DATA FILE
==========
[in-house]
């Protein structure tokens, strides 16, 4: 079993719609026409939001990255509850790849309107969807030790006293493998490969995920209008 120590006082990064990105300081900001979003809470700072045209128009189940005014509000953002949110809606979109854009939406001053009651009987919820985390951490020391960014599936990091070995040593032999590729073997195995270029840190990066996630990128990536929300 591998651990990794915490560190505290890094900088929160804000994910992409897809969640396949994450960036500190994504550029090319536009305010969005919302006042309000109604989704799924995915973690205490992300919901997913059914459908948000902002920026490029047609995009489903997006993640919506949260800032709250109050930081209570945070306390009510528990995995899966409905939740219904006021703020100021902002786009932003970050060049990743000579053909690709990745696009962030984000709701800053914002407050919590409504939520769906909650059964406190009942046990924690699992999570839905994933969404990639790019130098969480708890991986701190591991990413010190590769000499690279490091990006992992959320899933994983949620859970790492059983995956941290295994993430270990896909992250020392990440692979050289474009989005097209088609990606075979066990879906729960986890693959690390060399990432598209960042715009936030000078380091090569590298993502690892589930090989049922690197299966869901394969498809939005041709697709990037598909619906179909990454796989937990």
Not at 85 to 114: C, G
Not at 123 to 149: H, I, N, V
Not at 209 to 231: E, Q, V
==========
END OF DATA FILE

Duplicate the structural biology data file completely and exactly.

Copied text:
[in-house]
């Protein structure tokens, strides 16, 4: 079993719609026409939001990255509850790849309107969807030790006293493998490969995920209008 120590006082990064990105300081900001979003809470700072045209128009189940005014509000953002949110809606979109854009939406001053009651009987919820985390951490020391960014599936990091070995040593032999590729073997195995270029840190990066996630990128990536929300 591998651990990794915490560190505290890094900088929160804000994910992409897809969640396949994450960036500190994504550029090319536009305010969005919302006042309000109604989704799924995915973690205490992300919901997913059914459908948000902002920026490029047609995009489903997006993640919506949260800032709250109050930081209570945070306390009510528990995995899966409905939740219904006021703020100021902002786009932003970050060049990743000579053909690709990745696009962030984000709701800053914002407050919590409504939520769906909650059964406190009942046990924690699992999570839905994933969404990639790019130098969480708890991986701190591991990413010190590769000499690279490091990006992992959320899933994983949620859970790492059983995956941290295994993430270990896909992250020392990440692979050289474009989005097209088609990606075979066990879906729960986890693959690390060399990432598209960042715009936030000078380091090569590298993502690892589930090989049922690197299966869901394969498809939005041709697709990037598909619906179909990454796989937990």
Not at 85 to 114: C, G
Not at 123 to 149: H, I, N, V
Not at 209 to 231: E, Q, V